Thu, Oct 22, 2015 - Page 8 News List

Reconciling cross-strait contrivance

By Shirley Kan

In the German model of “one Germany, two states” at the time, West Germany and East Germany concluded their Basic Treaty on Dec. 21, 1972, which recognized two German states in a special relationship.

A meeting for initial working-level contact between the Straits Exchange Foundation (SEF) and Beijing’s Association for Relations Across the Taiwan Straits (ARATS) took place in Hong Kong in 1992. Through these quasi-official agencies, the two sides — lacking a relationship — were able to talk by exchanging faxes, and agreed to disagree on the meaning of “one China,” namely, “PRC” for Beijing and “ROC” for Taipei. This understanding was not even a joint text.

According to the SEF, on Nov. 3 a “responsible person” of ARATS said that it was willing to respect and accept the foundation’s proposal that each side “verbally states” its respective principles on “one China.” For years, this expedient rhetorical cover to allow talks without political resolution was simply called “one China, different, or respective, interpretations.”

Second, critics are correct that only later, in 2000, KMT politician Su Chi (蘇起) concocted the term of “consensus,” which the KMT then championed in a semantic crusade. In 2002, the KMT’s think tank published Su’s book entitled The Historical Record of the Consensus of “One China, Different Interpretations.”

Third, critics are correct that any agreement to disagree was reached in 1992 before full political liberalization. The KMT government was not a democratically elected representative to negotiate with the CCP.

Fourth, critics are correct about the PRC’s questionable acceptance of a “consensus.” Beijing officials often cite the “1992 consensus” without explicitly endorsing “one China, different interpretations.” In Beijing’s orthodoxy, the PRC is the only representative of China.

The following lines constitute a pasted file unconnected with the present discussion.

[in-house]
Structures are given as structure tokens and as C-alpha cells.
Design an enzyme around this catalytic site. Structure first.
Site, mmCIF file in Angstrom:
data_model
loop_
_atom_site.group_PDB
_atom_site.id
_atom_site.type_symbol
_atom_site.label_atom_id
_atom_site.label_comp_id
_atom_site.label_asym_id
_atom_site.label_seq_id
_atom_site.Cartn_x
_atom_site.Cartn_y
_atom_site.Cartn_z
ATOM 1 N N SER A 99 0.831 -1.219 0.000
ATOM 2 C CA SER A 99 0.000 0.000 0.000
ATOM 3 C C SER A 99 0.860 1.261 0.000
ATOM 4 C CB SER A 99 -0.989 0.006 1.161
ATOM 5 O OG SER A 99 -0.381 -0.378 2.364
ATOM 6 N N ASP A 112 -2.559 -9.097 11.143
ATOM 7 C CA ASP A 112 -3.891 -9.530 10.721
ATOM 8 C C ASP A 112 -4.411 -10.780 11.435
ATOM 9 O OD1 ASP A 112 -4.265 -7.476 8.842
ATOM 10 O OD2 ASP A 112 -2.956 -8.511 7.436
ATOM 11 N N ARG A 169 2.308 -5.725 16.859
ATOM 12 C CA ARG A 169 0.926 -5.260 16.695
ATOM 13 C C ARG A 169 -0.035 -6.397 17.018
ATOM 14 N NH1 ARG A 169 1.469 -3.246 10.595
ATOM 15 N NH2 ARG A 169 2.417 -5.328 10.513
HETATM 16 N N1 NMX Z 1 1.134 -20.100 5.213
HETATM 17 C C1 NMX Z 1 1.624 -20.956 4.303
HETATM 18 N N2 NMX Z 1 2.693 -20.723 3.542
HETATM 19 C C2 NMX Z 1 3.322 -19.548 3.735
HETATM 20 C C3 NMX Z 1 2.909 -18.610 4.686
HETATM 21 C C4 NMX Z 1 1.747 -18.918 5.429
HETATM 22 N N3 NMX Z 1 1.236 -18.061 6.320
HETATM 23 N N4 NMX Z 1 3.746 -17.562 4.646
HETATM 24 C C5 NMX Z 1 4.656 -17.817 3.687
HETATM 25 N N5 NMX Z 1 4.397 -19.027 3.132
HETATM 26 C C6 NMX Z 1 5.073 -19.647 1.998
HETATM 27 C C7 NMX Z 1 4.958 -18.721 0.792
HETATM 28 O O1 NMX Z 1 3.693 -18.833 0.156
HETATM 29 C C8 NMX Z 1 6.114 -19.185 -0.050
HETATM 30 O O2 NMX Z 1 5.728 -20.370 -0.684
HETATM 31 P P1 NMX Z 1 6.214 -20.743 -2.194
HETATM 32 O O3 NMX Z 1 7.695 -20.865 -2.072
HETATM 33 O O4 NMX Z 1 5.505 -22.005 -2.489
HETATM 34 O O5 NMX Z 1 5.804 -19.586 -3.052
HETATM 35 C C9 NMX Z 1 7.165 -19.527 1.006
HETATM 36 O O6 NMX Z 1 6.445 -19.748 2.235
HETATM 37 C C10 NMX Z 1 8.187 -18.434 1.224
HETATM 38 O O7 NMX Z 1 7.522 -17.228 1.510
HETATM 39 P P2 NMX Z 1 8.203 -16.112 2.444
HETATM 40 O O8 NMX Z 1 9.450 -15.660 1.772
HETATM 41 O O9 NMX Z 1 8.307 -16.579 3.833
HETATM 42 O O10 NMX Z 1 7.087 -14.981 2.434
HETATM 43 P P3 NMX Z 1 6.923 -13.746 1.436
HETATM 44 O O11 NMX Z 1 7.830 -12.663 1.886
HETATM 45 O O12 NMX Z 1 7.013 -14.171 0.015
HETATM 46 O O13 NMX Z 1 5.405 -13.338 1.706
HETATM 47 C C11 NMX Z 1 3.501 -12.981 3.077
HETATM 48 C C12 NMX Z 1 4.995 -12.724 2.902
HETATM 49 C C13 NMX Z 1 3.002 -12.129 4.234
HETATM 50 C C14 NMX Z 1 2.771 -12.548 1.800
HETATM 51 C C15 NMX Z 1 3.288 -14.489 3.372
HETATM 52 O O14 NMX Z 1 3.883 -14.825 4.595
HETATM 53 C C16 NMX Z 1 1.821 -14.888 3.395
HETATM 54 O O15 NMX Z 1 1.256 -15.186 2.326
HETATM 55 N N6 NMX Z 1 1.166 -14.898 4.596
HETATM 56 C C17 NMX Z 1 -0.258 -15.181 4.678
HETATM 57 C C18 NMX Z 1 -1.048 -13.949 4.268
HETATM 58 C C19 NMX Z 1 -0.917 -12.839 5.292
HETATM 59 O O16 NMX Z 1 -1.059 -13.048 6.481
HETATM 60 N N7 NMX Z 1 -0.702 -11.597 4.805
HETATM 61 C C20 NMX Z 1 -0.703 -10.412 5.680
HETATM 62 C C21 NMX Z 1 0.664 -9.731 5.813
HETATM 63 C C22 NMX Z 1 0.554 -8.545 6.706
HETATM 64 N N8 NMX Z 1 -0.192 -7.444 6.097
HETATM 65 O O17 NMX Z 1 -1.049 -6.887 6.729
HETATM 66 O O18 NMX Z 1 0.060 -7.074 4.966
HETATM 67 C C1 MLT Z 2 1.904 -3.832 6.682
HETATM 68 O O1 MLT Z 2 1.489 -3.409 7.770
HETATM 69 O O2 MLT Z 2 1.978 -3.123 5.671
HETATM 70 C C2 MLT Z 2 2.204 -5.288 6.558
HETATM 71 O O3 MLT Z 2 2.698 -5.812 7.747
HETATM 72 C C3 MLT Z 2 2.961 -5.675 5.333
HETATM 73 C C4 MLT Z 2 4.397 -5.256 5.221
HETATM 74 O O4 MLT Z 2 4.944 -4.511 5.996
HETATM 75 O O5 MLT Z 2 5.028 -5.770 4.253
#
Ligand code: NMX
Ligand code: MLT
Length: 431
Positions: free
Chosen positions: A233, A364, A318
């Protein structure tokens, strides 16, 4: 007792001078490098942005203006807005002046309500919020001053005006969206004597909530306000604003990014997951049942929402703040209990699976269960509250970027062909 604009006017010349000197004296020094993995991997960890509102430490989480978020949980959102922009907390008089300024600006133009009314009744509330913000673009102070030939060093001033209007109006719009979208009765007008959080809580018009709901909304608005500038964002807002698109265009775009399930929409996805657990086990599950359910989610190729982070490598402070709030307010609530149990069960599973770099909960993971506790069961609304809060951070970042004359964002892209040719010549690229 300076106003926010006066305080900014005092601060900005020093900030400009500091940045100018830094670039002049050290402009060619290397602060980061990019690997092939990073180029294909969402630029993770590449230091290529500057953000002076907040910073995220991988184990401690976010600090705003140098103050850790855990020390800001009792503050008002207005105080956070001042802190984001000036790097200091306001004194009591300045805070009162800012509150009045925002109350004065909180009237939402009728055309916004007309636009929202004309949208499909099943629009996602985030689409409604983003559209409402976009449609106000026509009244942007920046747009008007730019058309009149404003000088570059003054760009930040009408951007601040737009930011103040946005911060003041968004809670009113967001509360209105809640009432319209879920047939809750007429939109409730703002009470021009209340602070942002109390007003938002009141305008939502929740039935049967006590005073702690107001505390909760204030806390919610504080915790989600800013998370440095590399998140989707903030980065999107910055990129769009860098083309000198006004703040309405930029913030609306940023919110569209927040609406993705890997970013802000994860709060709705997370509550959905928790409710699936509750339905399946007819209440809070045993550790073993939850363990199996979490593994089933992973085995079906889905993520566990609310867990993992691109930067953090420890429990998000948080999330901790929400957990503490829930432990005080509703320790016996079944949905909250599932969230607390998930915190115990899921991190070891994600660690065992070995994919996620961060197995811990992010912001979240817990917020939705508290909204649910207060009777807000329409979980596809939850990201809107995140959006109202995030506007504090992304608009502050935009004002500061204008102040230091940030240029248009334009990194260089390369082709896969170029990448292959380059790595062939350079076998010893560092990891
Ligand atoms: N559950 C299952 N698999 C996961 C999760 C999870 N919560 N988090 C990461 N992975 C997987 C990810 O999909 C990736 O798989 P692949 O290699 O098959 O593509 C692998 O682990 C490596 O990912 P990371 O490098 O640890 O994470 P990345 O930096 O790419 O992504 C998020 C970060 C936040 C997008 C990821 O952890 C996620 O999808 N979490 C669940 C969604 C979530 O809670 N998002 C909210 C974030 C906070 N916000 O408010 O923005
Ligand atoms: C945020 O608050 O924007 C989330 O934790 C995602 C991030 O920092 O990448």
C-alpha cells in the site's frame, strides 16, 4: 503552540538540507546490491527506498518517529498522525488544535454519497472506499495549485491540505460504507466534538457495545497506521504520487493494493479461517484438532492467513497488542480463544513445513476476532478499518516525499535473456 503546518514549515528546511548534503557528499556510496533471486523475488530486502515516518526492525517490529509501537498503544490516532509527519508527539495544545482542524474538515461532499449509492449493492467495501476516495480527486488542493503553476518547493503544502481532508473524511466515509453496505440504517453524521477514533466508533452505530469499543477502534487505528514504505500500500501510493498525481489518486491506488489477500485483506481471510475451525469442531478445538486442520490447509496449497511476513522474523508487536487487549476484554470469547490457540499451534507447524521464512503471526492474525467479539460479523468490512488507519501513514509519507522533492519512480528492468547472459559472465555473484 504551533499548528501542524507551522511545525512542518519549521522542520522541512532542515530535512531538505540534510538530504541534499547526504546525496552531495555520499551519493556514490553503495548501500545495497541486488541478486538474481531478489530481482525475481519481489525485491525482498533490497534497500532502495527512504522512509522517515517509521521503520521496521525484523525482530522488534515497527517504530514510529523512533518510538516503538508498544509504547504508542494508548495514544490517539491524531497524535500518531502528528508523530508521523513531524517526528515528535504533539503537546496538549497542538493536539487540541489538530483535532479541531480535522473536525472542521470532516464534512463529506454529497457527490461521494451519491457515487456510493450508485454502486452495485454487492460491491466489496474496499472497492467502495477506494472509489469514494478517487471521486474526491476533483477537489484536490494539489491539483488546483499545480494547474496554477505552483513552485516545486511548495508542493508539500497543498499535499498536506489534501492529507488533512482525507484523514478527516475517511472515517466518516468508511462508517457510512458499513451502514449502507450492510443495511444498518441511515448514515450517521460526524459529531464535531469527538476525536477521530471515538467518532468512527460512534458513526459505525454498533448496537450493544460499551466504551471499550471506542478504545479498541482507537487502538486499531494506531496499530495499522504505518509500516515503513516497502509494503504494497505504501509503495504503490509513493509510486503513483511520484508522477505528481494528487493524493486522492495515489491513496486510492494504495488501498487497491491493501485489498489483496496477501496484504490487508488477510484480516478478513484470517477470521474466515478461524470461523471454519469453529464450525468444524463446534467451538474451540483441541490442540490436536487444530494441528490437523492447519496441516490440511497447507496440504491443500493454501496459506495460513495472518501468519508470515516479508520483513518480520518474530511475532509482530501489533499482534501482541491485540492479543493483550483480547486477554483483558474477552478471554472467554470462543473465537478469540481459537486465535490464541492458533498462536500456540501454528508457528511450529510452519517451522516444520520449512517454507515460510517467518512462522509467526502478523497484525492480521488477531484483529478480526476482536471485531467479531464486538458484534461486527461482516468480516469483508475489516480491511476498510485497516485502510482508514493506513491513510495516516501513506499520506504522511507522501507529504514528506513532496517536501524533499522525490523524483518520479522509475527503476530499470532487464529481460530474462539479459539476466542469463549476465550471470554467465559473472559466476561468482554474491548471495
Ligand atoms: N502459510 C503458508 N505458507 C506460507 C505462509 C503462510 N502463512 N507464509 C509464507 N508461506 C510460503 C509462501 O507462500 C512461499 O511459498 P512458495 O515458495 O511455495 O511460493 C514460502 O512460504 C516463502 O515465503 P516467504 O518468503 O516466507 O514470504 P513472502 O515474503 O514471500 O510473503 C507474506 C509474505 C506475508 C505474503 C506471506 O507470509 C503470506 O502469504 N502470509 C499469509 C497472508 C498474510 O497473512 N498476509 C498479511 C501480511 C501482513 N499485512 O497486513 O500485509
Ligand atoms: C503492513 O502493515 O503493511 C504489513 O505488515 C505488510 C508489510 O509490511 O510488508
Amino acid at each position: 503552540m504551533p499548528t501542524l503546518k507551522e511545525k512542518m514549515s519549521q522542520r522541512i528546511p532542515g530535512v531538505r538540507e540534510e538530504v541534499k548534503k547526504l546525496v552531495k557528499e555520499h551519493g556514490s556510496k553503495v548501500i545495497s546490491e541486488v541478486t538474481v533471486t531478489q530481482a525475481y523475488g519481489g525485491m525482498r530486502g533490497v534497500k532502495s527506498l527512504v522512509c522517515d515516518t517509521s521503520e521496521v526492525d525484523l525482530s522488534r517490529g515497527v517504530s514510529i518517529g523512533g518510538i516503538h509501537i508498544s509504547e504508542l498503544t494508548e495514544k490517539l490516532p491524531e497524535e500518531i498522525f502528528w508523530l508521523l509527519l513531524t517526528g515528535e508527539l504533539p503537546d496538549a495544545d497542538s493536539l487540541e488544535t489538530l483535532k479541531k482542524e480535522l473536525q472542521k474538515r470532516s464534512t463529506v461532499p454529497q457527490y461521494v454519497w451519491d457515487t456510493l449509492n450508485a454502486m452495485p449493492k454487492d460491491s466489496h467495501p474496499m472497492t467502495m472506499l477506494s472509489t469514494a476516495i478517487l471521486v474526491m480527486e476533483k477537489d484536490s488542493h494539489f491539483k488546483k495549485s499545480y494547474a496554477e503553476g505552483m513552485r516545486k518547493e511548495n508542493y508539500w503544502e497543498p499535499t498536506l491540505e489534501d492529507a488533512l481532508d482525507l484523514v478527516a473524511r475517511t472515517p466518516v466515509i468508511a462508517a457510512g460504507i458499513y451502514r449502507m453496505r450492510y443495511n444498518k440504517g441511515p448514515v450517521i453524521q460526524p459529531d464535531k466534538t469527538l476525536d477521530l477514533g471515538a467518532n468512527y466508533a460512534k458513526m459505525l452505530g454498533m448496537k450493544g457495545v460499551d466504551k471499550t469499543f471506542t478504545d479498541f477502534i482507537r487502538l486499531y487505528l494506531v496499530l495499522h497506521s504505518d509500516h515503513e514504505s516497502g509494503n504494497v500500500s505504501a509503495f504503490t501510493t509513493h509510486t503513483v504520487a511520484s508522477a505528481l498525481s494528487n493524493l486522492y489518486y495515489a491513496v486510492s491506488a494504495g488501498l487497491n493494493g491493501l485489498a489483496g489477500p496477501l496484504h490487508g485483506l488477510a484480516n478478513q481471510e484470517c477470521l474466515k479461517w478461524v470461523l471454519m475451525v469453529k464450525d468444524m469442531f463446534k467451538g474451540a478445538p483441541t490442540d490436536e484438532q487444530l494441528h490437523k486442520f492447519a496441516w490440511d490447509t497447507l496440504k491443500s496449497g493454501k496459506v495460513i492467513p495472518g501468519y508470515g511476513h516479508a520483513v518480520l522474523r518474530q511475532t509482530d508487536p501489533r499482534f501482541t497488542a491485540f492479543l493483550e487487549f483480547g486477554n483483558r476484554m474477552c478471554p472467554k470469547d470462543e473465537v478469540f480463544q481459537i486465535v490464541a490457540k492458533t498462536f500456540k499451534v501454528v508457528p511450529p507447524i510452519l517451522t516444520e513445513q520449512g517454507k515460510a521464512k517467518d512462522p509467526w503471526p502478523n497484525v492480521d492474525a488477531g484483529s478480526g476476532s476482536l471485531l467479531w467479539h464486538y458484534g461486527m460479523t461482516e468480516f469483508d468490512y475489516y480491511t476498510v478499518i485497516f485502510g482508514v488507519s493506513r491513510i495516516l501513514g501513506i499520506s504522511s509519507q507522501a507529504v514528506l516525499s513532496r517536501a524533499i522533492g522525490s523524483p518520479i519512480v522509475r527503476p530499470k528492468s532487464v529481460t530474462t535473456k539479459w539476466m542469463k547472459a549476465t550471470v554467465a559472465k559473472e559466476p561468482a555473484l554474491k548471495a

Fifth, critics are correct to dispute Ma’s claim of the US’ acceptance of the “consensus.” On Aug. 28, 2001, then-American Institute in Taiwan (AIT) director Raymond Burghardt downplayed any “consensus,” pointing out that “the negotiators decided to put aside the intractable political issues concerning sovereignty and the definition of one China in order to make progress on practical issues.”

Moreover, in an interview reported by the Chinese-language United Daily News on Dec. 23, 2010, Ma claimed that the DPP was the only one of four groups — the ROC, the “mainland” and the US being the other three — not to accept the “1992 consensus.” However, the US Department of State told the Liberty Times (the Taipei Times’ sister newspaper) on Dec. 28, [2010], that “questions relating to establishing the basis for dialogue between Taiwan and the People’s Republic of China are matters for the two parties to resolve. The US takes no position on the substance of such questions. Our interest is that any resolution of cross-strait issues be peaceful.”

The diametrically opposing views of believers and doubters can be reconciled to sustain stability that is significant for the US and other foreign interests and for Taiwan. The setup for talks was meant to be vague. That expedient exchange of faxes was a way to continue technical talks about pragmatic problems, not a holy covenant. Su rephrased “one China, different interpretations” to offer even more ambiguous jargon. The controversial characters of “one China” were not explicit in the new expression, presenting it as palatable to more people. Just like UN Resolution 2758 in 1971 that installed the PRC at the UN, that argument-avoidance in 1992 did not settle Taiwan’s status.

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